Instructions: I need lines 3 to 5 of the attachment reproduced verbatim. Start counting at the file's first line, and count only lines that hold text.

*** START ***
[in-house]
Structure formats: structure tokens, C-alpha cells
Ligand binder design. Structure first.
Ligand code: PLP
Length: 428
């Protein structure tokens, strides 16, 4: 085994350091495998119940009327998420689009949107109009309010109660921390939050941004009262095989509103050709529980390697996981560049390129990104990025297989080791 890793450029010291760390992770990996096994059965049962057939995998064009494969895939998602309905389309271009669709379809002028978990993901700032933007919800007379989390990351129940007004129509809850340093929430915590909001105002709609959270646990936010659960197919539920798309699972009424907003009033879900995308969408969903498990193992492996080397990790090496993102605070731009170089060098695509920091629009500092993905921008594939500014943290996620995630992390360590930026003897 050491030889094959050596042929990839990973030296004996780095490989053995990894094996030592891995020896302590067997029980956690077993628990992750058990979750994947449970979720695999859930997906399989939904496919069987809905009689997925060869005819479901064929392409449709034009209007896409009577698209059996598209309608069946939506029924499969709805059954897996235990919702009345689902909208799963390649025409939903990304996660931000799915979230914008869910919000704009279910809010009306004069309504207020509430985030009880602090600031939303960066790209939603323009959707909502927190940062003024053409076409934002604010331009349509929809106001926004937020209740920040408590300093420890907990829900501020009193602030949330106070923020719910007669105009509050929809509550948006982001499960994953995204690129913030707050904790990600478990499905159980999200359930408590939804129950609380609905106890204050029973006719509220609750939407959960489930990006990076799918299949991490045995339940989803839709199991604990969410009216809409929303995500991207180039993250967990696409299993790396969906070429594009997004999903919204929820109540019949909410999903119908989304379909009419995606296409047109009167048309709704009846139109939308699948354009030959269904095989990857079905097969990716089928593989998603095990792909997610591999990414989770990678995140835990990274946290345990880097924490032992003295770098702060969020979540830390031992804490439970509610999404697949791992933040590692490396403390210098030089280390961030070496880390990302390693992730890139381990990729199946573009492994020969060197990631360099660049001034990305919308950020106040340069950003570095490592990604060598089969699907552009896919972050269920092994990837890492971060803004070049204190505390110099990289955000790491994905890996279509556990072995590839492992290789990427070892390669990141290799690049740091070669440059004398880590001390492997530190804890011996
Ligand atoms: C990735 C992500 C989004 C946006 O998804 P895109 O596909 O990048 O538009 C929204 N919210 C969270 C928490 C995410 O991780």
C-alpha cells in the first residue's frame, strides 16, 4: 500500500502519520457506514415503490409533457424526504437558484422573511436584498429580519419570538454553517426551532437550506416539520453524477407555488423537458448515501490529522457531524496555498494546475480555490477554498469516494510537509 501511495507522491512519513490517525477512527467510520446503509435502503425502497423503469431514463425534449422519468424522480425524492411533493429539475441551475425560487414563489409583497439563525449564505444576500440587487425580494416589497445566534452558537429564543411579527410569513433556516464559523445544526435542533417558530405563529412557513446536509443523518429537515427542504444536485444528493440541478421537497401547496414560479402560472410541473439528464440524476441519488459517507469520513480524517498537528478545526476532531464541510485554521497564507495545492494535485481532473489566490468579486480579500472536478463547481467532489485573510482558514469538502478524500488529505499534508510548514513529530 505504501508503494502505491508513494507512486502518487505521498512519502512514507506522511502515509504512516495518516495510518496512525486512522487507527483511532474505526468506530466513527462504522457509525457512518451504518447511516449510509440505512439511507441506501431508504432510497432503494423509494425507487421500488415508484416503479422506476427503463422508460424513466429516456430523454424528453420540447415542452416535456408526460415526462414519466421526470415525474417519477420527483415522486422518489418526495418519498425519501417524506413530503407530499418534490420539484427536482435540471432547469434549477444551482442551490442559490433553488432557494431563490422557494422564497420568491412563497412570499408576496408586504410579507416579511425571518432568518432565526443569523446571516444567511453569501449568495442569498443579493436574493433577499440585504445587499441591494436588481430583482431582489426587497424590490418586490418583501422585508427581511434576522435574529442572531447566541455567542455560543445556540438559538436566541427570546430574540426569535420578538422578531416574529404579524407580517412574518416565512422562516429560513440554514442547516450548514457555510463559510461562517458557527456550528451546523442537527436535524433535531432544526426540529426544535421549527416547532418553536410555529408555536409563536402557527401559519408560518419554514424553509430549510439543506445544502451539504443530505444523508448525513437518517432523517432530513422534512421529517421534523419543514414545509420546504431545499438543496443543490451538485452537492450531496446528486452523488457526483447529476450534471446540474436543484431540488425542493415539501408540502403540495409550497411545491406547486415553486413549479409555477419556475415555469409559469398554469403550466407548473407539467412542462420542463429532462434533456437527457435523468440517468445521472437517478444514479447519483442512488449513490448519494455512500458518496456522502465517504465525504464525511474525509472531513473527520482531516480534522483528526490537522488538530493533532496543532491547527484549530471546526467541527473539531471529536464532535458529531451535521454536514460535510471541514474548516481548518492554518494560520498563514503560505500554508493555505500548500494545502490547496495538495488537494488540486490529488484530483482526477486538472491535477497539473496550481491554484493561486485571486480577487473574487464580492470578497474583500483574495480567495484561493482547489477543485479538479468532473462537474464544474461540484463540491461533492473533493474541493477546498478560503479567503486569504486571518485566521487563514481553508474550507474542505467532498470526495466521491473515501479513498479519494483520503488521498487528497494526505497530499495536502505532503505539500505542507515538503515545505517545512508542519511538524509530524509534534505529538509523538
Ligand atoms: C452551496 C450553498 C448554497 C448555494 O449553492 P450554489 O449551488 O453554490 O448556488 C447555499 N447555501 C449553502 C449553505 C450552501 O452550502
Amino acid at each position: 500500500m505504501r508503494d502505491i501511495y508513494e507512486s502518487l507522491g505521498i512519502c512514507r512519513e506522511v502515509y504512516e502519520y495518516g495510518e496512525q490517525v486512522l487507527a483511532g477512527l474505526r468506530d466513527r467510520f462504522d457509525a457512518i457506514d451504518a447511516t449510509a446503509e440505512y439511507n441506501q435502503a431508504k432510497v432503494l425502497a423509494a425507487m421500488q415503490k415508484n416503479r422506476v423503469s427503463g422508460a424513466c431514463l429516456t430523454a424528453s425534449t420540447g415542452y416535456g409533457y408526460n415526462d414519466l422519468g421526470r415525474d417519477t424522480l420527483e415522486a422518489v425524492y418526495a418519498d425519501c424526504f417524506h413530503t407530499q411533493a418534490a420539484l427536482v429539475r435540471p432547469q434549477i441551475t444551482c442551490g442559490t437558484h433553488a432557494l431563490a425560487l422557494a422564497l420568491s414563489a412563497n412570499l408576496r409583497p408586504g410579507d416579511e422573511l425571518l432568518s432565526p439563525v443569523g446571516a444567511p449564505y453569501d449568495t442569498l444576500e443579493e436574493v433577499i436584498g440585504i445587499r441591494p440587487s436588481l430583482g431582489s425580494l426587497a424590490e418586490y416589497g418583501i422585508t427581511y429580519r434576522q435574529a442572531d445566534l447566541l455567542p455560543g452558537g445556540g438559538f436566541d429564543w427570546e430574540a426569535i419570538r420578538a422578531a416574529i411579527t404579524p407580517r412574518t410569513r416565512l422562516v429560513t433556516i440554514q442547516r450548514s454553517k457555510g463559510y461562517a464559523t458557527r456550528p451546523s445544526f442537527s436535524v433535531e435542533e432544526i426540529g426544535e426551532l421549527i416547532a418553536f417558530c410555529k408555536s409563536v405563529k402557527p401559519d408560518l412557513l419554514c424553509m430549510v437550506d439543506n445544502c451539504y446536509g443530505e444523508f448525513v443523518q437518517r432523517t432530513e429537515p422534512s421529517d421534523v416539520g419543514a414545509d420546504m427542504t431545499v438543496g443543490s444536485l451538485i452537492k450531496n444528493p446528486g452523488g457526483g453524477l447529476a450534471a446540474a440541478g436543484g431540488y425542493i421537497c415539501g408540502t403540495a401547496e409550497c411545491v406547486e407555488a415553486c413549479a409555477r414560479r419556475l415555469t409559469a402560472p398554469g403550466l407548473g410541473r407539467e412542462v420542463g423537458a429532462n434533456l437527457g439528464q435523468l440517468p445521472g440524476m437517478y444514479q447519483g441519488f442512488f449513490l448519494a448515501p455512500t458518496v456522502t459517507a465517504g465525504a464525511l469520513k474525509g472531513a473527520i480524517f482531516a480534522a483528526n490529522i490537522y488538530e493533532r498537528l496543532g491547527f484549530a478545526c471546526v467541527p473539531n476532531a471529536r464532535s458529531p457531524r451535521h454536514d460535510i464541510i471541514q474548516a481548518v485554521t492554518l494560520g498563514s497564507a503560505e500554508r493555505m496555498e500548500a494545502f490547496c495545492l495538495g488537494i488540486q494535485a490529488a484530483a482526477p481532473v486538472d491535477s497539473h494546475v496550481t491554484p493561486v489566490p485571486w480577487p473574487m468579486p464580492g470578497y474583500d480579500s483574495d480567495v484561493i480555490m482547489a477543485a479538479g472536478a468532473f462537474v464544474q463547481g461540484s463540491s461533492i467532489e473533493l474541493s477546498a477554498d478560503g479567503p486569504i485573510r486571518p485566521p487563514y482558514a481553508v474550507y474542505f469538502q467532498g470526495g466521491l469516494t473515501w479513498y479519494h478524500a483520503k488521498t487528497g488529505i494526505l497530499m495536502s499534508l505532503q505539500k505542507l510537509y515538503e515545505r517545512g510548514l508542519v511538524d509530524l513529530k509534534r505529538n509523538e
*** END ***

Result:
Ligand binder design. Structure first.
Ligand code: PLP
Length: 428